From watching personalized, top-recommended Netflix shows on our home screens to getting a twenty-percent off coupon to buy the dress you left in your online shopping cart, today's connected consumer expects personalization to be the rule--not the exception. Various studies have shown that we can attribute the appeal of personalization to two things: 

  • An innate desire for control 

  • As a mechanism to cope with the information overload of the 21st century

Let's take a closer look: 

We Want to Be in Control

When you hear the words "personalized experience," you're probably thinking that in one way or another, you'll be getting something that's been thoughtfully created with your particular needs and wants in mind rather than receiving a standardized product or service. When brands allow you to customize something -- whether that's a cell phone case, a wine bottle, or a domain name -- there's a feeling of being in control, of getting something on your terms. (This was the key insight behind Burger King's pioneering and phenomenally successful 1974 ad campaign, "Have it your way.")

We Want Affirmation and Options

It's no secret that human beings like being in control, and customization caters well to this desire. But what is this desire for control really about? A sympathetic look reveals it as an attempt to be affirmed in our uniqueness and to experience the feeling of being free -- that is, of having personal choice. As long as this doesn't come at the expense of other people's dignity and freedom, the desire to feel in control is a wonderful thing. Savvy brands are attuned to these human impulses, understanding that customization is a way to positively affirm the individuality of connected consumers while also expanding their options. 

Take, for instance, the way that both individuals and brands are increasingly seeking premium, business-optimized TLD's. (Which stands for Top-Level Domain and refers to the ending of a website's address: .com being the most familiar example.) Brands large and small are now insisting on greater choice and customization when it comes to their TLD's, spawning the appearance of .Co, .Shop, .TV, .Agency, and most recently, .Inc

Long overdue and received with instant and widespread enthusiasm, .Inc -- with its deliberate homage to the abbreviation for incorporated -- puts connected consumers who "mean business" in control. Whether that's by clearly cueing an online user that they're headed to a business website, or through further personalization in the form of domain hacking (.inc/credible being one of many creative options), .Inc is the latest example of how customization is winning the day. 

We Selectively Attend to What's Personally Relevant   

Given we're now living in a world awash in trillions of bytes of data and are regularly hit with a tsunami of environmental stimuli, we've learned to filter the noise based on its personal relevance. (Though to be fair, connected consumers are often overwhelmed by the ocean of data they find themselves in, and are actively looking to brands to help them navigate it.)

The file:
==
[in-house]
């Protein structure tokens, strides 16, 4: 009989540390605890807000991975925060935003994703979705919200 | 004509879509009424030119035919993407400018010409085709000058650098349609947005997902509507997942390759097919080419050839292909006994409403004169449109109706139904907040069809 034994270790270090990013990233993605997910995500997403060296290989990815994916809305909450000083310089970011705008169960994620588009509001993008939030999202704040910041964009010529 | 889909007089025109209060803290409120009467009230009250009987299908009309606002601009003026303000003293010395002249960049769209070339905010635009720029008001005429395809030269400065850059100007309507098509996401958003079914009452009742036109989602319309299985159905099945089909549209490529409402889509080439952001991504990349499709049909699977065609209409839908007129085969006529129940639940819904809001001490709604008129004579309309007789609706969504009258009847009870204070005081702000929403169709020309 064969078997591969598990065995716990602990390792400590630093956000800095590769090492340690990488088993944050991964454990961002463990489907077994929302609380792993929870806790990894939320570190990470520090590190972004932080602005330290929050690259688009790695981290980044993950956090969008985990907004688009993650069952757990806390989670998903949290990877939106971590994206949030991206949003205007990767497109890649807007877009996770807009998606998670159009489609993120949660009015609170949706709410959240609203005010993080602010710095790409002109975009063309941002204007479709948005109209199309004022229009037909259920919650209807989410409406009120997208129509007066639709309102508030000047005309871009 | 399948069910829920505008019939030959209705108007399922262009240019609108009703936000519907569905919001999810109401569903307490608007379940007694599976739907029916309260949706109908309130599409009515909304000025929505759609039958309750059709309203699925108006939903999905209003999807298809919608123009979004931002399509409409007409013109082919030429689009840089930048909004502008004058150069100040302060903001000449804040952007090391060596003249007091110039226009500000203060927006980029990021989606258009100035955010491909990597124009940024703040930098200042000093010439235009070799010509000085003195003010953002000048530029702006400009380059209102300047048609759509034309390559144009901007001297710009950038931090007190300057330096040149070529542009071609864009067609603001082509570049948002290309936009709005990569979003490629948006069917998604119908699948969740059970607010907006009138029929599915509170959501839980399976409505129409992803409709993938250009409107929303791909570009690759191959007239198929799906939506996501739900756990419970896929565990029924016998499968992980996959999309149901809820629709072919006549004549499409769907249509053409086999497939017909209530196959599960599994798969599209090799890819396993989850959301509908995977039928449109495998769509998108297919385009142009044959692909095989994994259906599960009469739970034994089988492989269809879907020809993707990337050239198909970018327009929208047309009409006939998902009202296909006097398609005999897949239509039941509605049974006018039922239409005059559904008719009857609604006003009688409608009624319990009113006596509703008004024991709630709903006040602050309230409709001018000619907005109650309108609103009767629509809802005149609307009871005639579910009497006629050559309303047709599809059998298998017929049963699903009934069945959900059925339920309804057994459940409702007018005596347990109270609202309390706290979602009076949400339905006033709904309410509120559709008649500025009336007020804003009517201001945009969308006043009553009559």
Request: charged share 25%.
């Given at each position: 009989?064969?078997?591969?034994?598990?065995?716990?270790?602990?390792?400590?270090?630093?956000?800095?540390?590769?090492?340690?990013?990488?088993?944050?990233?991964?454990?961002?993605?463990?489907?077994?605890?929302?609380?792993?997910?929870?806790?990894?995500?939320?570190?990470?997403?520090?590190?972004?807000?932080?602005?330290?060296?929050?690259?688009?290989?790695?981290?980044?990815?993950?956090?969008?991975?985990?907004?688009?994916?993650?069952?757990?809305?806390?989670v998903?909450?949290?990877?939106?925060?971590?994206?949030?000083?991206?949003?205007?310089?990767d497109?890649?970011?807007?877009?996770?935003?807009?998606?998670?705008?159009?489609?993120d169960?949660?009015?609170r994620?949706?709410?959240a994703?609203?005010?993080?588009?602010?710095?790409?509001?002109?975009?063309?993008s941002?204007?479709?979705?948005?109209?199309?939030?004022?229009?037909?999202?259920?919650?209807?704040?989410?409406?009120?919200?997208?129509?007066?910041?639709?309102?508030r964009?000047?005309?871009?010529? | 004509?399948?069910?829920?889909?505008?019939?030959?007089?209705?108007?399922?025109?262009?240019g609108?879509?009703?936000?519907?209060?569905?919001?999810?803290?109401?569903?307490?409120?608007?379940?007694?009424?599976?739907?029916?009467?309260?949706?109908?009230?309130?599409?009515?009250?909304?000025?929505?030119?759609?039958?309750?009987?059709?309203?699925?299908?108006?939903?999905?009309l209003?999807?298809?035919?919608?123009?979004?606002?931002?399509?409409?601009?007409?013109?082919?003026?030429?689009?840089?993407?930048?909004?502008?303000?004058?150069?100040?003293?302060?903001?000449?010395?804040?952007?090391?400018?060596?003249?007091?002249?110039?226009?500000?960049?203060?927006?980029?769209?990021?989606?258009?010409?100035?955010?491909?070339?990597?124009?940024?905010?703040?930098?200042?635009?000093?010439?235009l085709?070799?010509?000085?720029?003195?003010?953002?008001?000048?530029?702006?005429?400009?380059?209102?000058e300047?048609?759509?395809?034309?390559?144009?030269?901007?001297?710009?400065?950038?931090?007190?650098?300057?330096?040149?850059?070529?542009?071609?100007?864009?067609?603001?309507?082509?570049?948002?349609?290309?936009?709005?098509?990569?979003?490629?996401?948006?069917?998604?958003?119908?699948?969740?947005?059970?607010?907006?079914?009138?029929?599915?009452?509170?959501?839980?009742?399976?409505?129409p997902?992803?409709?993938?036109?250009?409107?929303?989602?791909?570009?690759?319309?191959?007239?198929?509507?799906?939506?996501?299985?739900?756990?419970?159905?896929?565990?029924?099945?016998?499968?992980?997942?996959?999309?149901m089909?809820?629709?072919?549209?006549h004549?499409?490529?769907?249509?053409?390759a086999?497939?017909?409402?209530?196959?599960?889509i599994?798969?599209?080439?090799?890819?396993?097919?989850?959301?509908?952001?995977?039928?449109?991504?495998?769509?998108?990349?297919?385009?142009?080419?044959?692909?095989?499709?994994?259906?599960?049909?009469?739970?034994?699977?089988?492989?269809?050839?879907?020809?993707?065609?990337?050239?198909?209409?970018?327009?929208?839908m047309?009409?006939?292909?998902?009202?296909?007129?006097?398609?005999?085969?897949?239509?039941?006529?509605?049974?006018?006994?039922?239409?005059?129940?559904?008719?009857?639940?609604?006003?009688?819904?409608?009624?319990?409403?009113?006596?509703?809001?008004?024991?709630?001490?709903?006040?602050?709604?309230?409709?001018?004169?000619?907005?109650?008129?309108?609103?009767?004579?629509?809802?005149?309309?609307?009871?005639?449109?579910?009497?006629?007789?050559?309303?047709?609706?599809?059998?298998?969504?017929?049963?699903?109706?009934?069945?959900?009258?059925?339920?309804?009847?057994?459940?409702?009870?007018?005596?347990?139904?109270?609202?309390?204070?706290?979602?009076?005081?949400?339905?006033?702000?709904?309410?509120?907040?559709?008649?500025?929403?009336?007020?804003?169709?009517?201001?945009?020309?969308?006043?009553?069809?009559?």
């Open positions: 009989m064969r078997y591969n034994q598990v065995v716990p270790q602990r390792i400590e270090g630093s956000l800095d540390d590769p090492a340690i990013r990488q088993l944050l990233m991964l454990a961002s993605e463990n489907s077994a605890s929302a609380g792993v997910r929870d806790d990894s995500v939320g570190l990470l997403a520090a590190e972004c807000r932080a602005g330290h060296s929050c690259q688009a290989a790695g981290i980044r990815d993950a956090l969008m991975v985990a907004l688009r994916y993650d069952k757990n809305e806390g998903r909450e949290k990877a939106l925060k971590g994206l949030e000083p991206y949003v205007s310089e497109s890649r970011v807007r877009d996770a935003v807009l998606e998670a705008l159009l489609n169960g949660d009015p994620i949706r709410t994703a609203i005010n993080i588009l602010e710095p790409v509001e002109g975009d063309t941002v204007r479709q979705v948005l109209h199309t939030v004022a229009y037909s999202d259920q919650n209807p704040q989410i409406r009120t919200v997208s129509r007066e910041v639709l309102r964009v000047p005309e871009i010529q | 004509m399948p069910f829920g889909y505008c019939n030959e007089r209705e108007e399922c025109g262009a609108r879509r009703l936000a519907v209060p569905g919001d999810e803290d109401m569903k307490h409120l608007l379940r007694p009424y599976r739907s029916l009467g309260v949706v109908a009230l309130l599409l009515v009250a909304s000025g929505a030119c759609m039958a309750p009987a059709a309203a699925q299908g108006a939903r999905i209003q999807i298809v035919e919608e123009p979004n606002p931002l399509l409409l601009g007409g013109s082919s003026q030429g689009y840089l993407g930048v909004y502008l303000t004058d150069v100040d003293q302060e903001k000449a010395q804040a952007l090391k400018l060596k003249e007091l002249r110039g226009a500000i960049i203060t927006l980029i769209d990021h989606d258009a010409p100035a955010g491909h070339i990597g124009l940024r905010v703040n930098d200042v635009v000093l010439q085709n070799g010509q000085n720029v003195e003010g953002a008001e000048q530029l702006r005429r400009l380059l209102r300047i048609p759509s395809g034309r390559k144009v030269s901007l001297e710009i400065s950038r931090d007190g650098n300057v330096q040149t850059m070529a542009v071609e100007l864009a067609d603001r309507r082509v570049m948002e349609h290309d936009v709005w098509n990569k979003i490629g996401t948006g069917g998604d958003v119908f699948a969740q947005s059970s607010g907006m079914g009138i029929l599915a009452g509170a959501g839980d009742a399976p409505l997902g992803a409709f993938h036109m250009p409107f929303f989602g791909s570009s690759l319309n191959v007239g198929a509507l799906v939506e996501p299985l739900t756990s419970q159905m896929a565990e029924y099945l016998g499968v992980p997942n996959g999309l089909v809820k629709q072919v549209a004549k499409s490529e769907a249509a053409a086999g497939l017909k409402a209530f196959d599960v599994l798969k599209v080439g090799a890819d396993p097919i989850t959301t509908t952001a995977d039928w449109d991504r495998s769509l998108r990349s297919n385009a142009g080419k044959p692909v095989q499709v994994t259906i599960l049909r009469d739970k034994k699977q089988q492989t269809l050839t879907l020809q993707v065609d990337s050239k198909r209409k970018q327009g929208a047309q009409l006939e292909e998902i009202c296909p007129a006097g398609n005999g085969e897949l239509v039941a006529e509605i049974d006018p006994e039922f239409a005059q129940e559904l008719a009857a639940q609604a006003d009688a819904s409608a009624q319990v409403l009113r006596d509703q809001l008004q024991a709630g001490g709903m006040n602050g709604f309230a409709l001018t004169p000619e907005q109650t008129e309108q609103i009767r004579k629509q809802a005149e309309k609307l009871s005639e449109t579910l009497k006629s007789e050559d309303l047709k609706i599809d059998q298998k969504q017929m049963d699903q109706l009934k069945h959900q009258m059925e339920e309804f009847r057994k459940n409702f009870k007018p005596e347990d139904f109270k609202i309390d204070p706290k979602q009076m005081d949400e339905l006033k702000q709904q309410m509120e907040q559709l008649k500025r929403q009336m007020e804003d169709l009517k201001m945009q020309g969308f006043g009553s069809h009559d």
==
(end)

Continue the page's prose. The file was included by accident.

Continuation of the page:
As human beings, we're naturally attracted to what is most relevant to us--and our brains have evolved to reflect this. Our brain's reticular activating system -- also known as the RAS --  is intricately involved in the process of selectively attending to stimuli based on what we have been environmentally conditioned and personally primed to deem important to our survival and wellbeing. 

In other words, we all have an inner filtering system for making sense of incoming data, automatically assigning it varying levels of importance based on our past and current experience.

The really interesting thing is that this phenomenon -- also known as "selective attending" --  occurs below the threshold of our conscious awareness. By the time we even become aware of something, we've already "chosen" to pay attention to it without being aware that this "choice" has occurred. This is known as "the cocktail party effect."  

The cocktail party effect and its application to marketing

Say you're at a party, chatting with a close friend while surrounded by dozens of other people having their own conversations. You're immersed in your own lively discussion, having no conscious awareness of what anyone else around you is talking about. Suddenly, your ears prick up as you hear your name or some other word that piques your curiosity. We've all had this experience and it demonstrates how, without any conscious effort or choice, we selectively attend to our environment for information that's personally relevant. 

When it comes to marketing, the importance of this principle is obvious. If you're a new mom driving down the road to the grocery store to pick up diapers, your attention is almost certain to be captured by a billboard announcing the grand opening of a local baby boutique. On the other hand, you're much less likely to pay attention to, say, a billboard advertising a monster truck rally. Why? Because you've selectively attended to the billboard that's most relevant to your personal interests and concerns. 

We Want Brands to Be Listening...For the Right Reasons

Brands that have their finger on the pulse of this phenomenon take the time to find out exactly who their customers are and what's personally relevant to them, taking pains to demonstrate that they're listening. As long as they're listening for the right reasons (not just for profit but for the sake of doing right by their customers, their employees, and the world at large), connected consumers will naturally reward them with their loyalty and advocacy.

Want to learn more about how to make personalization work for your brand? Check out the research study, Marketing to Gods: The Definitive Guide to Reaching, Engaging, and Retaining the Modern, Empowered Consumer.